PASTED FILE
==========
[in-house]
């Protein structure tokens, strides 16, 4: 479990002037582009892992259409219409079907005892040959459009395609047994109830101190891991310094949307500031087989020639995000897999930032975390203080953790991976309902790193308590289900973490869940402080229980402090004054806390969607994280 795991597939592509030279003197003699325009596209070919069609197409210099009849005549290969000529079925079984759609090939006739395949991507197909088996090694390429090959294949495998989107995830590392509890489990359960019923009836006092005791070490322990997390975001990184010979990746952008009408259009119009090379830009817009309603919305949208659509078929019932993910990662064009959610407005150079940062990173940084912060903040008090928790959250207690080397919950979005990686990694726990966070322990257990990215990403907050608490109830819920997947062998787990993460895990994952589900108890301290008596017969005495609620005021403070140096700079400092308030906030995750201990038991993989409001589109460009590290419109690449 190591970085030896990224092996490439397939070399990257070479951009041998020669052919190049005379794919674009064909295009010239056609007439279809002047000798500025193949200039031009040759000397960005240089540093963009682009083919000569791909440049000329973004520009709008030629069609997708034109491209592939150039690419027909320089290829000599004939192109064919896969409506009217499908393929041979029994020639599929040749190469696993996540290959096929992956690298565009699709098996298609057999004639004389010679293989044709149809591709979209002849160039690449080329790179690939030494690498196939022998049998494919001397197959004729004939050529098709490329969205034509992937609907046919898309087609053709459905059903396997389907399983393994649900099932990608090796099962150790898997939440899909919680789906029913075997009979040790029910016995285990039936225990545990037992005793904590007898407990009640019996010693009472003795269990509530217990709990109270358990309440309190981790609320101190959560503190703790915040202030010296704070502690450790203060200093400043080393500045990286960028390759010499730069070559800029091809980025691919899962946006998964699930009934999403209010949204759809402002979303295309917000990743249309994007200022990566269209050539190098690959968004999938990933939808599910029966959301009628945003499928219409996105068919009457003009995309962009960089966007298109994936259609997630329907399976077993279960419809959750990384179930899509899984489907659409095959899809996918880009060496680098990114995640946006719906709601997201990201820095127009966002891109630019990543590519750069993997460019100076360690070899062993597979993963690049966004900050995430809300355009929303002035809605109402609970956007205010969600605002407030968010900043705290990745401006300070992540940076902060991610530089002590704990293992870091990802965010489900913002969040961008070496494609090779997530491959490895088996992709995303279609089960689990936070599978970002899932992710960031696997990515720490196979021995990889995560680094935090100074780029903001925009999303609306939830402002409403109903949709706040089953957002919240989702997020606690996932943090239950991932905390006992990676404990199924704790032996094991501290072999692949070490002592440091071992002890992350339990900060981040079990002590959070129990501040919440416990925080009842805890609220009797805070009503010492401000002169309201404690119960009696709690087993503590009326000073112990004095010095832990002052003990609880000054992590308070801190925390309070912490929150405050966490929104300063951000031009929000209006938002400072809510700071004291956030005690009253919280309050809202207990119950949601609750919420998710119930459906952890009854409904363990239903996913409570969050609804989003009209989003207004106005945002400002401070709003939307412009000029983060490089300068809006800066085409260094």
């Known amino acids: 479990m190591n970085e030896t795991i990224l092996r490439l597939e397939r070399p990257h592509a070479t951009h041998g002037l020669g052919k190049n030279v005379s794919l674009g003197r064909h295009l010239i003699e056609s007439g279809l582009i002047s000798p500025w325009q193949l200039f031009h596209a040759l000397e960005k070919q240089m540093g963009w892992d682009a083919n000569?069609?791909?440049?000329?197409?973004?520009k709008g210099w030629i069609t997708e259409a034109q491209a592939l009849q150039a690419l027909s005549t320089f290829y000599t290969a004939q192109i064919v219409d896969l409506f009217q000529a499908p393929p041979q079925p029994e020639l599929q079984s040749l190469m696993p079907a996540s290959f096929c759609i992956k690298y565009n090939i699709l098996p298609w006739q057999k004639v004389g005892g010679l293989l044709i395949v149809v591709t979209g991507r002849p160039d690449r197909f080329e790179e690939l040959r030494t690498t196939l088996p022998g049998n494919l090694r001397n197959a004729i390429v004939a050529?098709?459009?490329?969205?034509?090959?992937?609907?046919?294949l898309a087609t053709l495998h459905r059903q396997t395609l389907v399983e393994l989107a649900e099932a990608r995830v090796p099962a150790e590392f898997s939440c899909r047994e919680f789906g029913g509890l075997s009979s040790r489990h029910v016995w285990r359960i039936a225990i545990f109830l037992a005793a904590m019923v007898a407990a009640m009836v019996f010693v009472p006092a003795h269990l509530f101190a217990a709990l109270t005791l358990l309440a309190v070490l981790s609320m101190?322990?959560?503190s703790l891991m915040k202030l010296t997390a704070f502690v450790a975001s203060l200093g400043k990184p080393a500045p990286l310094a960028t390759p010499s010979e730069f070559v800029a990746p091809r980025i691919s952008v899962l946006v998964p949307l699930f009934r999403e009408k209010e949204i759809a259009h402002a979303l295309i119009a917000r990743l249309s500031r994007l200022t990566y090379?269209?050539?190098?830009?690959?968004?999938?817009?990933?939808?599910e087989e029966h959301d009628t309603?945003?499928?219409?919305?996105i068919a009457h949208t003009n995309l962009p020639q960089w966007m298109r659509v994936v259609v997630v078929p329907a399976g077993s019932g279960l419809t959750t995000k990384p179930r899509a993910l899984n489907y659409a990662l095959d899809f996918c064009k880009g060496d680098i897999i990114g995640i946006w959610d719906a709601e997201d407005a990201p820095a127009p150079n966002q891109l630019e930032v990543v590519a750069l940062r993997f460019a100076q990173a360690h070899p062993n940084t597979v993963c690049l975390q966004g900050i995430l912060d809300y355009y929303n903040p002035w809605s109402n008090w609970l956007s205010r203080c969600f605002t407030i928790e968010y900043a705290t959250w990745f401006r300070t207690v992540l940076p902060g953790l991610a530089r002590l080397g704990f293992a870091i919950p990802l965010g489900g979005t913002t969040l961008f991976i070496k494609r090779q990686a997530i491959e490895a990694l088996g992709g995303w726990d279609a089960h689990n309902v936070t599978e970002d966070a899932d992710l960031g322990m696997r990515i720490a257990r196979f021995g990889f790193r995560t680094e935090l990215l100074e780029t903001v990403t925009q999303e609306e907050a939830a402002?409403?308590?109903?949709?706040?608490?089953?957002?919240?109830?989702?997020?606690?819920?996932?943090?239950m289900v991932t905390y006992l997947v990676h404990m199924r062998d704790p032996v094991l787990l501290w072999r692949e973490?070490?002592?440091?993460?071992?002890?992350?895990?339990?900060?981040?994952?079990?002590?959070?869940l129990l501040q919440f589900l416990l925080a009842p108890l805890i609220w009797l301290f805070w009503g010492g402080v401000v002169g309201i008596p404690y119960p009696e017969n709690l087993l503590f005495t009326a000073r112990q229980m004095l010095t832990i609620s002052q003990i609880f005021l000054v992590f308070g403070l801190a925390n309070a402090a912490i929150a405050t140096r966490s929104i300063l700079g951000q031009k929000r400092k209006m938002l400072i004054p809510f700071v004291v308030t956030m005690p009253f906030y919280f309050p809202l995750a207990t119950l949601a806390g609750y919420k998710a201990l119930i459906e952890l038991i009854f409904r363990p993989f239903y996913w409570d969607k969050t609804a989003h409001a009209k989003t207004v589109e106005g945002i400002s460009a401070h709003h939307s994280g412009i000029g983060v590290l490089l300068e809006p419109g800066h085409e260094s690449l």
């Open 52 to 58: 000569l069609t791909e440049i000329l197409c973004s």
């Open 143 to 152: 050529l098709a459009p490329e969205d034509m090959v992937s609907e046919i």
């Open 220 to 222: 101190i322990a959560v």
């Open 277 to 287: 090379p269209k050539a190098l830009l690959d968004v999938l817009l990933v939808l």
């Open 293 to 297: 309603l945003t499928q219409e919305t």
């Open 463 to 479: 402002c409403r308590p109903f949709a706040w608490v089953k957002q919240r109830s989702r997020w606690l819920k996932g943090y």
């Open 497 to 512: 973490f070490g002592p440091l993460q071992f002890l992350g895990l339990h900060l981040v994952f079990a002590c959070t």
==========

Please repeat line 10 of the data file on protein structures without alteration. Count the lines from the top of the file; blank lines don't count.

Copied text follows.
């Open 497 to 512: 973490f070490g002592p440091l993460q071992f002890l992350g895990l339990h900060l981040v994952f079990a002590c959070t």